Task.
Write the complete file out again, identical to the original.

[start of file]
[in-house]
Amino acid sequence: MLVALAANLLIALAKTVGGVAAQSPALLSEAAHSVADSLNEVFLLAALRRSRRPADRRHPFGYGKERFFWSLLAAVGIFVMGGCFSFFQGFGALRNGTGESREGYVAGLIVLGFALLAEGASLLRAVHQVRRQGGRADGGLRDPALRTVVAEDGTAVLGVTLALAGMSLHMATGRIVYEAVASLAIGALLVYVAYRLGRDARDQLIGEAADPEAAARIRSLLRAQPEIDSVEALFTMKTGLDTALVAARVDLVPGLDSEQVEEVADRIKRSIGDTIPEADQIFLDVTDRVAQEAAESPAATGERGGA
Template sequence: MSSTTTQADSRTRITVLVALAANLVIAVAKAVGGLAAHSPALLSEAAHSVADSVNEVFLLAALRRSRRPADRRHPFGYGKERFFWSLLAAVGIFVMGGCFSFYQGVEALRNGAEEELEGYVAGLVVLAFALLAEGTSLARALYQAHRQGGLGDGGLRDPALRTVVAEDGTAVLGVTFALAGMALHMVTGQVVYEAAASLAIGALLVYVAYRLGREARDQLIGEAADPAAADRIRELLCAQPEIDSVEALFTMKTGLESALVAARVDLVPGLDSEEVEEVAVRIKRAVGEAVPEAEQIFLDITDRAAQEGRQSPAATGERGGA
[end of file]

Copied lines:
[in-house]
Amino acid sequence: MLVALAANLLIALAKTVGGVAAQSPALLSEAAHSVADSLNEVFLLAALRRSRRPADRRHPFGYGKERFFWSLLAAVGIFVMGGCFSFFQGFGALRNGTGESREGYVAGLIVLGFALLAEGASLLRAVHQVRRQGGRADGGLRDPALRTVVAEDGTAVLGVTLALAGMSLHMATGRIVYEAVASLAIGALLVYVAYRLGRDARDQLIGEAADPEAAARIRSLLRAQPEIDSVEALFTMKTGLDTALVAARVDLVPGLDSEQVEEVADRIKRSIGDTIPEADQIFLDVTDRVAQEAAESPAATGERGGA
Template sequence: MSSTTTQADSRTRITVLVALAANLVIAVAKAVGGLAAHSPALLSEAAHSVADSVNEVFLLAALRRSRRPADRRHPFGYGKERFFWSLLAAVGIFVMGGCFSFYQGVEALRNGAEEELEGYVAGLVVLAFALLAEGTSLARALYQAHRQGGLGDGGLRDPALRTVVAEDGTAVLGVTFALAGMALHMVTGQVVYEAAASLAIGALLVYVAYRLGREARDQLIGEAADPAAADRIRELLCAQPEIDSVEALFTMKTGLESALVAARVDLVPGLDSEEVEEVAVRIKRAVGEAVPEAEQIFLDITDRAAQEGRQSPAATGERGGA